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Flowers are one of my favorite ways to infuse life and beauty into our home. While I hope to grow a picking garden of my own some day, more practically in this part of life, I set aside a bit of our grocery budget each week and pick up a few simple blooms for our table or nightstands or kitchen sink. Flowers make my heart hum and help cultivate my sense of home and emotional well-being, but when it comes to arranging flowers, it always feels a bit more like trial and error. My arrangements often appear hopelessly amateur. In honor of Mother’s Day this weekend in the US, I asked my talented friend Jessica Jill of Ivy Florals to share some of her secrets for creating a beautiful bouquet with market blooms. You can also find her gorgeous work on Instagram.


This weekend, I put together a quick bouquet for Mother’s Day, something simple, yet lovely, like my mother herself. As a wedding/event florist, I often use wholesalers for flowers, but to create small or single arrangements, I often run to the nearby grocery store. Luxe brand grocers will often have a larger variety, but markets of every sort have started carrying more and more varieties of flowers to meet the growing demand, such as those little pale pink, nodding heads shown above, Scabiosa. Grocers are also beginning to put together little bouquets called “designer bunches” that have everything you need to make a dynamic arrangement on your own. But don’t be afraid to use a mixture of market flowers and foliage straight from your own yard! 

When purchasing flowers from the grocery store, there are five vital things to consider for your design to have structure & character. I learned these from The Flower Recipe Book by Studio Choo.

Base Foliage | Greenery, get something that fills space easily & something else that adds form. In my arrangement, I used Cherry Laurel (snipped from a tree by my house) and a Grapevine (also snipped by my house)!

Base Flowers | Hydrangeas, Roses, something that fills spaces with color!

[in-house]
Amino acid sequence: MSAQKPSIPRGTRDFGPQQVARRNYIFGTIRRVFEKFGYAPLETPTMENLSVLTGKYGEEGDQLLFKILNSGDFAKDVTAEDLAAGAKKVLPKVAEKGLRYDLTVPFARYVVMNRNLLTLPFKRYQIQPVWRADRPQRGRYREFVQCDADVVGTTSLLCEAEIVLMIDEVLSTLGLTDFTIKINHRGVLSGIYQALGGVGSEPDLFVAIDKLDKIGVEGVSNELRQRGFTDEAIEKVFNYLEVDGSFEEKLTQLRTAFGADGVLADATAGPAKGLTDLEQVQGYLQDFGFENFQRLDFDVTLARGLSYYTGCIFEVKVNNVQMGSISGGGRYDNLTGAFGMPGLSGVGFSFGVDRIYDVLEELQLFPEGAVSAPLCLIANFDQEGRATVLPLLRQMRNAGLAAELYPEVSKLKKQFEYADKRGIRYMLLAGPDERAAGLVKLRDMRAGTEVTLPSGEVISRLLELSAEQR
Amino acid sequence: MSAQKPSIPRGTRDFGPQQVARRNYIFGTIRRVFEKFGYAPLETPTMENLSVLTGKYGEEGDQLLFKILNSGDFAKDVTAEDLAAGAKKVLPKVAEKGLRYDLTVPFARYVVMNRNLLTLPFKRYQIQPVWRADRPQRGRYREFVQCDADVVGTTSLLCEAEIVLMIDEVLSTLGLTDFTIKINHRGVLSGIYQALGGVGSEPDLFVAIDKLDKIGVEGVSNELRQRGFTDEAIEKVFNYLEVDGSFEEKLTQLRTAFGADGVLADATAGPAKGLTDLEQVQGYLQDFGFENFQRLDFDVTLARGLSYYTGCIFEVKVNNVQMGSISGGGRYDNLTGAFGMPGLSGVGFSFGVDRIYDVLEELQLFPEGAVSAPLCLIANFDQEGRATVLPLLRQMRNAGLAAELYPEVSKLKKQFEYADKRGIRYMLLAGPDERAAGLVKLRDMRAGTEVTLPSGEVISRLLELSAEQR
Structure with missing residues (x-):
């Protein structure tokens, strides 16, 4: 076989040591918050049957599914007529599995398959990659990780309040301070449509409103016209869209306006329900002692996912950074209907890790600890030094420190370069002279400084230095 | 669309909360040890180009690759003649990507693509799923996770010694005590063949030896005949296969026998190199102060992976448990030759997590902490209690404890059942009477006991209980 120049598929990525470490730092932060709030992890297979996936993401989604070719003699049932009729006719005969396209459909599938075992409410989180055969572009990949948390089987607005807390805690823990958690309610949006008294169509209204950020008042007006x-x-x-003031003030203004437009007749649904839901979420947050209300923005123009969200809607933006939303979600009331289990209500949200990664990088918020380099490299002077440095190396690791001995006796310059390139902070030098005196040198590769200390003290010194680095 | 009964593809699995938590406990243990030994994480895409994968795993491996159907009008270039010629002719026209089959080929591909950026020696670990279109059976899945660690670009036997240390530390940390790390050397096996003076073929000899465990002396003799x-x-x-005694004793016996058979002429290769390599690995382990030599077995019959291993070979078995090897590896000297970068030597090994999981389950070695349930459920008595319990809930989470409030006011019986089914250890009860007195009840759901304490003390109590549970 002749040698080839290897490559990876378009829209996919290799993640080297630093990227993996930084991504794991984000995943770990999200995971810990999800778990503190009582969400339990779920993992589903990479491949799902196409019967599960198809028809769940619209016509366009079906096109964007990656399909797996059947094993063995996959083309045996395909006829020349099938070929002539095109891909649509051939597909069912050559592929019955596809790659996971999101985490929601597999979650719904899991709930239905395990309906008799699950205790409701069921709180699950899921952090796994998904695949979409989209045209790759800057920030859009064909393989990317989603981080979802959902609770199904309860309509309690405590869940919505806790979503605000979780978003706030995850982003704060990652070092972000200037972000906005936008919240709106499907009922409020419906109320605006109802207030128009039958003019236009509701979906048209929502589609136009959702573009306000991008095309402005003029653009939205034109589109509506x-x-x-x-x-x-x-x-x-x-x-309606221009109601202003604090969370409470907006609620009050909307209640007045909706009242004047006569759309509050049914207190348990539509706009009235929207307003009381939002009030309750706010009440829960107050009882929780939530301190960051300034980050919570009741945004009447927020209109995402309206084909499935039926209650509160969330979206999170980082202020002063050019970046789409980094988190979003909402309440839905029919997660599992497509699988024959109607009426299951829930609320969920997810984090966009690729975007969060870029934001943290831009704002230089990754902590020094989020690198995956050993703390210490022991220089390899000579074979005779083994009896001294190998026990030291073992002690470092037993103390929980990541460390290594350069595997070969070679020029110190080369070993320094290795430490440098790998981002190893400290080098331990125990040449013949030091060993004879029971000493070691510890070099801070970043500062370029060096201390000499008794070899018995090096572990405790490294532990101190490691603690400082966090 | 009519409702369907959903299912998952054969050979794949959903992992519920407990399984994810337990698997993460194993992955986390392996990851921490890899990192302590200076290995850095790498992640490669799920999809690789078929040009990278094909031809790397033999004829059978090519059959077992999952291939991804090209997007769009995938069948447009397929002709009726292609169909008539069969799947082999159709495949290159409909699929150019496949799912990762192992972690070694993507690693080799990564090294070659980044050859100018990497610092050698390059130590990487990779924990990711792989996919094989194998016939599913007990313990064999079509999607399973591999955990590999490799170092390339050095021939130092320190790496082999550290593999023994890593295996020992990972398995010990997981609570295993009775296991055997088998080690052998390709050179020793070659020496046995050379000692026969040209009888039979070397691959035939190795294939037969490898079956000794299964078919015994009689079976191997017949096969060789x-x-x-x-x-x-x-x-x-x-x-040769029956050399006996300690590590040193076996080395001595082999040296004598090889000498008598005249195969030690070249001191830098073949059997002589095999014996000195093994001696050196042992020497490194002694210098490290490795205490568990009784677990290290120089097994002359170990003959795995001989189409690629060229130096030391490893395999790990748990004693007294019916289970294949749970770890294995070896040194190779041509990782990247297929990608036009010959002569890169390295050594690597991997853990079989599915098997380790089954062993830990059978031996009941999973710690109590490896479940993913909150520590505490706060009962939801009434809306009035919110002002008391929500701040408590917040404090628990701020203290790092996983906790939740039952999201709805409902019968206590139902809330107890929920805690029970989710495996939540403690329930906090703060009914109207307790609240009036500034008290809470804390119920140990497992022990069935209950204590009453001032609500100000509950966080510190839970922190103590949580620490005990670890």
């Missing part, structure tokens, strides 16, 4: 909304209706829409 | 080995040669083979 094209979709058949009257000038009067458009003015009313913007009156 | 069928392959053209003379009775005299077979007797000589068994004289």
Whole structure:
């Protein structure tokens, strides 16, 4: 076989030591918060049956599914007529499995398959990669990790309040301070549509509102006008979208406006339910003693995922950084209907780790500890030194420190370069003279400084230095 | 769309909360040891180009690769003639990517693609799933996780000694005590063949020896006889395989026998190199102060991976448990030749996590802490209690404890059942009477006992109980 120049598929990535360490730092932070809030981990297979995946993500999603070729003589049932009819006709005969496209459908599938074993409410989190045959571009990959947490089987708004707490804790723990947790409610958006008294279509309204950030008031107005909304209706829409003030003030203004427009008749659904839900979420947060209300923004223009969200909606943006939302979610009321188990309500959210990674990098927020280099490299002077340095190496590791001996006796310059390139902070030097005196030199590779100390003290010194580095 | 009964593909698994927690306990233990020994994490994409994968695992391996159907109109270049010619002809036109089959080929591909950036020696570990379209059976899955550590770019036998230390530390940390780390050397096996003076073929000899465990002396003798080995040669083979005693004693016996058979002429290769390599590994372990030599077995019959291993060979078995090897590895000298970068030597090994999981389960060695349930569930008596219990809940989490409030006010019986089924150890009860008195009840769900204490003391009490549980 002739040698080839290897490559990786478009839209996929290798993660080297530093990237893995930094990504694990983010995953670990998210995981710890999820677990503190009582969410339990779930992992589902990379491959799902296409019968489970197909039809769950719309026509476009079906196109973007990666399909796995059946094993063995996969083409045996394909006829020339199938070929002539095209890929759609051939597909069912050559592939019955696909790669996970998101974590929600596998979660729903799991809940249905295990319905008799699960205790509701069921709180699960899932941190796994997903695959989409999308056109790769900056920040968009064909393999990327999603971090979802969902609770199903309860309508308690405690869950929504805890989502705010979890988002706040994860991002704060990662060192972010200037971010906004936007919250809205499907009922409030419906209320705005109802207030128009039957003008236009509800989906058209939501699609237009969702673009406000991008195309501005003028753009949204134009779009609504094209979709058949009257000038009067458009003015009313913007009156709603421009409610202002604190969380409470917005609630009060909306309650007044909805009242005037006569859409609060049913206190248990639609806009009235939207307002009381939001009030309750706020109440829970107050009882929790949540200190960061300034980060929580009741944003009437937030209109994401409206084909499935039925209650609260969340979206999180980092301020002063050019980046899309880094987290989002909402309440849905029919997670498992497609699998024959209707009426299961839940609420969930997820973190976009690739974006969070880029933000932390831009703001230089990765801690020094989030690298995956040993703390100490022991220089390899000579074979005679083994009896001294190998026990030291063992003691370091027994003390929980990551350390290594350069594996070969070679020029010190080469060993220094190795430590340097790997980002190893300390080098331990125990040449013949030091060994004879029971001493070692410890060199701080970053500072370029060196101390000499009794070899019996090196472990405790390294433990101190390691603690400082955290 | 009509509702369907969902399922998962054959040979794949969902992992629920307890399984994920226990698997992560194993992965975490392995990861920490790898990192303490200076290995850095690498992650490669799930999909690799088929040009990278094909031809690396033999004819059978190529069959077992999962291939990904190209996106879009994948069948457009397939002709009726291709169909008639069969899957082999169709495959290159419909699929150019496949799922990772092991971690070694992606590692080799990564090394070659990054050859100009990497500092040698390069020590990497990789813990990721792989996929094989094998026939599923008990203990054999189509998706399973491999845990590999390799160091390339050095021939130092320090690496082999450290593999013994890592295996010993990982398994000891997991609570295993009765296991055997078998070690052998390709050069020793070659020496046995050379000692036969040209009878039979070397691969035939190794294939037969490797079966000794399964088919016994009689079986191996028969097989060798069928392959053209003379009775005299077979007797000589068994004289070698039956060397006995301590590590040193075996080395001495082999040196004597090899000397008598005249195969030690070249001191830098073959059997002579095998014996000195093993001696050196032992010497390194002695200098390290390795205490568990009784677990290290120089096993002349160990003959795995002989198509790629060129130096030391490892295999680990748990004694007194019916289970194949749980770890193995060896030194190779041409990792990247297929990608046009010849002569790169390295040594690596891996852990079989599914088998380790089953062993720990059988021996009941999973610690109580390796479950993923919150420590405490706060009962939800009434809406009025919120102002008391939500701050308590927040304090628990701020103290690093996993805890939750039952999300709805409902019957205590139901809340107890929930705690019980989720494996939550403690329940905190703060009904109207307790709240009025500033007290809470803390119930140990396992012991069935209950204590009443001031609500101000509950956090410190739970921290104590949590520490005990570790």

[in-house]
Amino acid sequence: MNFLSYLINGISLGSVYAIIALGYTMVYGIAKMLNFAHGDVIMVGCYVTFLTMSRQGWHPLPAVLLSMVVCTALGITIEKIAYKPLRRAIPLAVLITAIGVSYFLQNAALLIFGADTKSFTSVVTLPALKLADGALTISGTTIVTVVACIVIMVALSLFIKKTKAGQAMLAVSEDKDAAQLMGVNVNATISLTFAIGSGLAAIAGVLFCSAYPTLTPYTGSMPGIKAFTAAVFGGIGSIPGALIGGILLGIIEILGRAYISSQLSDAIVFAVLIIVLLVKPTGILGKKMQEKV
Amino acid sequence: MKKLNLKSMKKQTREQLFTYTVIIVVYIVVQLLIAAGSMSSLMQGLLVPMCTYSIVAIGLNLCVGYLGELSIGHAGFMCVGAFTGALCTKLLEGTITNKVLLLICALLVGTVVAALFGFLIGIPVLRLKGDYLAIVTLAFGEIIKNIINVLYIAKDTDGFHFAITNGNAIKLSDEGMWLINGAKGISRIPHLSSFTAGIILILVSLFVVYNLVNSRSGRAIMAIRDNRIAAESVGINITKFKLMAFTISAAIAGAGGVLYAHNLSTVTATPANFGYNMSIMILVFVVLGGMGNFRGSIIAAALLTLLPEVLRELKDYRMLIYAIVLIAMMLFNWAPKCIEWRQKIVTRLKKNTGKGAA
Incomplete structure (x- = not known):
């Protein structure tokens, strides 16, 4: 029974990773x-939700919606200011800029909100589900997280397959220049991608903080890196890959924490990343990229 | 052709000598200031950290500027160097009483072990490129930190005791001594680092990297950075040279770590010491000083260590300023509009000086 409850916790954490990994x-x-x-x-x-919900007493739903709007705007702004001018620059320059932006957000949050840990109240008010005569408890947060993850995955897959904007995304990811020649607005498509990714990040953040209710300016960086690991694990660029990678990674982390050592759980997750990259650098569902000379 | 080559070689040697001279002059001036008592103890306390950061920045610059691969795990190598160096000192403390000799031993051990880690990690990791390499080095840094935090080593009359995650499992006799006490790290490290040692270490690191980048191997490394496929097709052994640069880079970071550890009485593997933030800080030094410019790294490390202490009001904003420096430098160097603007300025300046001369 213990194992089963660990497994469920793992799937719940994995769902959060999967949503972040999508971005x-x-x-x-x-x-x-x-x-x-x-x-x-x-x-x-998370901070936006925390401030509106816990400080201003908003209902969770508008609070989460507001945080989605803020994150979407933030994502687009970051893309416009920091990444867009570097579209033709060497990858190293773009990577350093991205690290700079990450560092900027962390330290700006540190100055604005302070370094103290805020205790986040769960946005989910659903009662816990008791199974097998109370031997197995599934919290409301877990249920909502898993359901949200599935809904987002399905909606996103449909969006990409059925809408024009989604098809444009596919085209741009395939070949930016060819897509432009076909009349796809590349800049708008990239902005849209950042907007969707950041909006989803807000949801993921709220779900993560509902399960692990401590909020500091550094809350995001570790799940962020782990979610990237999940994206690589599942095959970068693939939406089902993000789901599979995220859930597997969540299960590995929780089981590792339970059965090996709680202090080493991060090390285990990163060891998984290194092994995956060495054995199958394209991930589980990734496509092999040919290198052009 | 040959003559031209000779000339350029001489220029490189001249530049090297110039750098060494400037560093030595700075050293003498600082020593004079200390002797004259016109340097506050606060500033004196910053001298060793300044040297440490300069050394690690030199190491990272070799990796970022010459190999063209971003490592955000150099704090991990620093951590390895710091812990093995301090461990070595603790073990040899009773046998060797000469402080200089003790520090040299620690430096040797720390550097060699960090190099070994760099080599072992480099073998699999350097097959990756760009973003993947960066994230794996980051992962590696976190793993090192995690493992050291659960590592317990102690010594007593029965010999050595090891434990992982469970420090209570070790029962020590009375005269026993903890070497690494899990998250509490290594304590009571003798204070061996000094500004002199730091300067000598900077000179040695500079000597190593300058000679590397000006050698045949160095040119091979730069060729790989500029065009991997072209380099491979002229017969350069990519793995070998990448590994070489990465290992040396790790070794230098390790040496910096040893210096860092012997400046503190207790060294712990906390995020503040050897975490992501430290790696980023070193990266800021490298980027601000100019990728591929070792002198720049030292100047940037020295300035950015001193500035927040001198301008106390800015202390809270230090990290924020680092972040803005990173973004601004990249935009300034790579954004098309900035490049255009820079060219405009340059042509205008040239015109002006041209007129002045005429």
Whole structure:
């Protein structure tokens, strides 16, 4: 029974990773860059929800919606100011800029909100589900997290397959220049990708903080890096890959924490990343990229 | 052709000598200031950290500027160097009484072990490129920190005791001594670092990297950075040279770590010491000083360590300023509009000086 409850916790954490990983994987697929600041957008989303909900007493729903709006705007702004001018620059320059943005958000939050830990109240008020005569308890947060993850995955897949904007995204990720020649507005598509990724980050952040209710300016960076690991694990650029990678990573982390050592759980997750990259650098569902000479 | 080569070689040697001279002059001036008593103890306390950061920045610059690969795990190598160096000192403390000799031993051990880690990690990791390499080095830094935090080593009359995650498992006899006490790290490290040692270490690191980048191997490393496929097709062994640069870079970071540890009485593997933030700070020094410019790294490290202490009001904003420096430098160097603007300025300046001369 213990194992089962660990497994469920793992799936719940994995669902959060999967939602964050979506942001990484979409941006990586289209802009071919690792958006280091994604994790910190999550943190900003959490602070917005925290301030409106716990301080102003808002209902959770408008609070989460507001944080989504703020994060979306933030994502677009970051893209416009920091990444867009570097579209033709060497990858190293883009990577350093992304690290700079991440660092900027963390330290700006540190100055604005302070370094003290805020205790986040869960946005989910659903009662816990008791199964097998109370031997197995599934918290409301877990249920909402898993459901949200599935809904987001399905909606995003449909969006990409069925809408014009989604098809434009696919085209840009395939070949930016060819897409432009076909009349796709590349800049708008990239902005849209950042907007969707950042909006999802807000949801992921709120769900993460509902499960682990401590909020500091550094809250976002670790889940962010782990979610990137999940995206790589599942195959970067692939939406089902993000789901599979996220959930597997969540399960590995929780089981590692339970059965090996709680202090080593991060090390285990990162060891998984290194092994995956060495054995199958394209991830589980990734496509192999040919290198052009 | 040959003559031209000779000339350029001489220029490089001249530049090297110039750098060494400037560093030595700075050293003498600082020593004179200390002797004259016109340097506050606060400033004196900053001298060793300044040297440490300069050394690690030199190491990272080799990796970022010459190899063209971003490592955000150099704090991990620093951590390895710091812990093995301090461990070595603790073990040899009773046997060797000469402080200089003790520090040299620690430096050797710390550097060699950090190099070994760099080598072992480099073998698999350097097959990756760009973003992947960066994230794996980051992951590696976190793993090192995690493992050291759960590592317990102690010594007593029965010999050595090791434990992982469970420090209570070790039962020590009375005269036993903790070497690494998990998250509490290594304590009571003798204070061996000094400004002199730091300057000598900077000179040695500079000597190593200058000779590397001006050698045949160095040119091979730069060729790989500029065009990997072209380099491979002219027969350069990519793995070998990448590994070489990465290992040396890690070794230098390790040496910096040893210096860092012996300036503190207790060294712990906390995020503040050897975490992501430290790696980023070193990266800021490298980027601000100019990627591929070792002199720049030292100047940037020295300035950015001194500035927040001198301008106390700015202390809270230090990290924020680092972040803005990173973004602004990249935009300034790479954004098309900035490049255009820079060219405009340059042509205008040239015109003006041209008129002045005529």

Focal Flowers | Lilies, or something that draws the eye, has interesting form, and is just nice to look at. 

Secondary Flowers | Carnations, Scabiosa, usually a flower with longer stems that can encourage shape in the arrangement

Bits| Fern, smaller flowers or greenery that fill space with a softer texture

As far as picking the color of your flowers goes, get what makes you smile. You’ll be surprised how well your eye naturally picks colors that look good together.

Once you get home from the store, processing the flowers is very important! For processing, you will need some snips or floral scissors. Once you have your stems, snip snip snip those stems at a 45 degree angle, remove any foliage that might end up in the water when you begin to arrange & get them in some warm water ASAP. Also make sure to pull off any decaying leaves/petals to help the flowers last longer & look their best!

An outlier is roses, I usually dehydrate my roses for a couple hours before I start designing. This makes their petals more apt to open up to a big bloom with a little help from you. This helps turn the roses from tight, traditional-looking blooms, to fresh from the garden-looking blooms with gorgeous heads.

Having good floral product is only the start of how to DIY your own arrangements. In this post, I’m going to run you through some design tips on how to turn a bag full of flowers into something like you see above!

Find a beautiful vase | To start yourself off well, find a super cool vase. Be creative. My vase is really a dessert bowl I transformed by adding my little frog.

Place a floral pin frog | Honestly, with a little  help from floral pin frogs, you can turn any watertight object into a home for your blooms. You can get floral pin frogs online or from a craft store. They’re reusable and invaluable for arrangements. I usually just place my frog in the vase without any sort of adhesive but if you have heavier blooms, it might be a good idea to use some floral clay to stick it to the inside of the vase.

Add warm water | After you add your frog, add a little warm water to the mix & you’re got a solid base for your arrangement! When adding flowers to the arrangement, a pin frog is easy to use. You simply press the stem into the pins until the flower or greenery stands the way you want it to. Next, you get to start the fun part! DESIGNING!

Start with Your Greens | And don’t be afraid to add a lot. You want to use your greens to both establish a shape for your design but also cover your mechanics ie your pin frog. I usually evaluate the form of the greens & place more upright greens on one end of the design & more “droopy” greens on the other. This “S” shape helps draws the eye through your entire design. Keep this thought in mind during your entire time designing, even when you start adding your flowers. Upright on one side, droopier on the other. After you add your greens & get an established shape, you can start adding in flowers.